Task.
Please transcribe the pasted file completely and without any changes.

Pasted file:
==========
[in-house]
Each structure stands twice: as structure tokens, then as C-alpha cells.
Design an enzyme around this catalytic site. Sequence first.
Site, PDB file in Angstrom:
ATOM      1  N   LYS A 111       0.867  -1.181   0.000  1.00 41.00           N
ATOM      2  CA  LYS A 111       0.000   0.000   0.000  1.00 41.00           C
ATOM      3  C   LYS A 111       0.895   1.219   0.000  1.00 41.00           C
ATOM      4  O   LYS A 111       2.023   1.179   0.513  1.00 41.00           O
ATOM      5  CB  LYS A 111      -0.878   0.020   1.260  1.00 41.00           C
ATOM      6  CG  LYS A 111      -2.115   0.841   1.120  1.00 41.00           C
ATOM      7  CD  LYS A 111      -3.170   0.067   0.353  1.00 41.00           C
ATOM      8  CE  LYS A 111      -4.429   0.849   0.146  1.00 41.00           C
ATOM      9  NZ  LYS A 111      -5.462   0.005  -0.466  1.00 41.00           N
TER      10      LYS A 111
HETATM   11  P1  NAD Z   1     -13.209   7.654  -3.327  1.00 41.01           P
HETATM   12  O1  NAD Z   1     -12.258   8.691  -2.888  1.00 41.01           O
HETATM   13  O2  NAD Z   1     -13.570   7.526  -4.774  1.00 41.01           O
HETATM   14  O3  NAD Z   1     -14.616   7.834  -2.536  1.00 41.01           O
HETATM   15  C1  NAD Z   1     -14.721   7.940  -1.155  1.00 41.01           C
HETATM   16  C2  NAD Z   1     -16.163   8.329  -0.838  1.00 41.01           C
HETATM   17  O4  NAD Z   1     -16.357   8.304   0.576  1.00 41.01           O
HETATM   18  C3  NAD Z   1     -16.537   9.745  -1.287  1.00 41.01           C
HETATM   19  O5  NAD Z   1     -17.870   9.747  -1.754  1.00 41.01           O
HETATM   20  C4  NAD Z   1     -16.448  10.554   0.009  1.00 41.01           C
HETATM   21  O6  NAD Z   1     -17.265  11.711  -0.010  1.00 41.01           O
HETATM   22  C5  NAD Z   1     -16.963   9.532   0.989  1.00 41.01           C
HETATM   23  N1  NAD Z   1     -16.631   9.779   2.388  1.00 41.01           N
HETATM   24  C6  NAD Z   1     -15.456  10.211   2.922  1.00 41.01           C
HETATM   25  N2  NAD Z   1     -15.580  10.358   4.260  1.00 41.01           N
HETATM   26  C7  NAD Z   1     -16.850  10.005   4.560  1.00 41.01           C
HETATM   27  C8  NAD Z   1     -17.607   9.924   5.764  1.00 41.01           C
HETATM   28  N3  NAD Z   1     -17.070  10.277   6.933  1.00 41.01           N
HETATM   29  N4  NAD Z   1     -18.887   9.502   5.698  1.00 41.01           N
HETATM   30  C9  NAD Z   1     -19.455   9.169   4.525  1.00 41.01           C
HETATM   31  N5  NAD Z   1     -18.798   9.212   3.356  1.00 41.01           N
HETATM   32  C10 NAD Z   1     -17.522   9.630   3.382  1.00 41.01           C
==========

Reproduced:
[in-house]
Each structure stands twice: as structure tokens, then as C-alpha cells.
Design an enzyme around this catalytic site. Sequence first.
Site, PDB file in Angstrom:
ATOM      1  N   LYS A 111       0.867  -1.181   0.000  1.00 41.00           N
ATOM      2  CA  LYS A 111       0.000   0.000   0.000  1.00 41.00           C
ATOM      3  C   LYS A 111       0.895   1.219   0.000  1.00 41.00           C
ATOM      4  O   LYS A 111       2.023   1.179   0.513  1.00 41.00           O
ATOM      5  CB  LYS A 111      -0.878   0.020   1.260  1.00 41.00           C
ATOM      6  CG  LYS A 111      -2.115   0.841   1.120  1.00 41.00           C
ATOM      7  CD  LYS A 111      -3.170   0.067   0.353  1.00 41.00           C
ATOM      8  CE  LYS A 111      -4.429   0.849   0.146  1.00 41.00           C
ATOM      9  NZ  LYS A 111      -5.462   0.005  -0.466  1.00 41.00           N
TER      10      LYS A 111
HETATM   11  P1  NAD Z   1     -13.209   7.654  -3.327  1.00 41.01           P
HETATM   12  O1  NAD Z   1     -12.258   8.691  -2.888  1.00 41.01           O
HETATM   13  O2  NAD Z   1     -13.570   7.526  -4.774  1.00 41.01           O
HETATM   14  O3  NAD Z   1     -14.616   7.834  -2.536  1.00 41.01           O
HETATM   15  C1  NAD Z   1     -14.721   7.940  -1.155  1.00 41.01           C
HETATM   16  C2  NAD Z   1     -16.163   8.329  -0.838  1.00 41.01           C
HETATM   17  O4  NAD Z   1     -16.357   8.304   0.576  1.00 41.01           O
HETATM   18  C3  NAD Z   1     -16.537   9.745  -1.287  1.00 41.01           C
HETATM   19  O5  NAD Z   1     -17.870   9.747  -1.754  1.00 41.01           O
HETATM   20  C4  NAD Z   1     -16.448  10.554   0.009  1.00 41.01           C
HETATM   21  O6  NAD Z   1     -17.265  11.711  -0.010  1.00 41.01           O
HETATM   22  C5  NAD Z   1     -16.963   9.532   0.989  1.00 41.01           C
HETATM   23  N1  NAD Z   1     -16.631   9.779   2.388  1.00 41.01           N
HETATM   24  C6  NAD Z   1     -15.456  10.211   2.922  1.00 41.01           C
HETATM   25  N2  NAD Z   1     -15.580  10.358   4.260  1.00 41.01           N
HETATM   26  C7  NAD Z   1     -16.850  10.005   4.560  1.00 41.01           C
HETATM   27  C8  NAD Z   1     -17.607   9.924   5.764  1.00 41.01           C
HETATM   28  N3  NAD Z   1     -17.070  10.277   6.933  1.00 41.01           N
HETATM   29  N4  NAD Z   1     -18.887   9.502   5.698  1.00 41.01           N
HETATM   30  C9  NAD Z   1     -19.455   9.169   4.525  1.00 41.01           C
HETATM   31  N5  NAD Z   1     -18.798   9.212   3.356  1.00 41.01           N
HETATM   32  C10 NAD Z   1     -17.522   9.630   3.382  1.00 41.01           C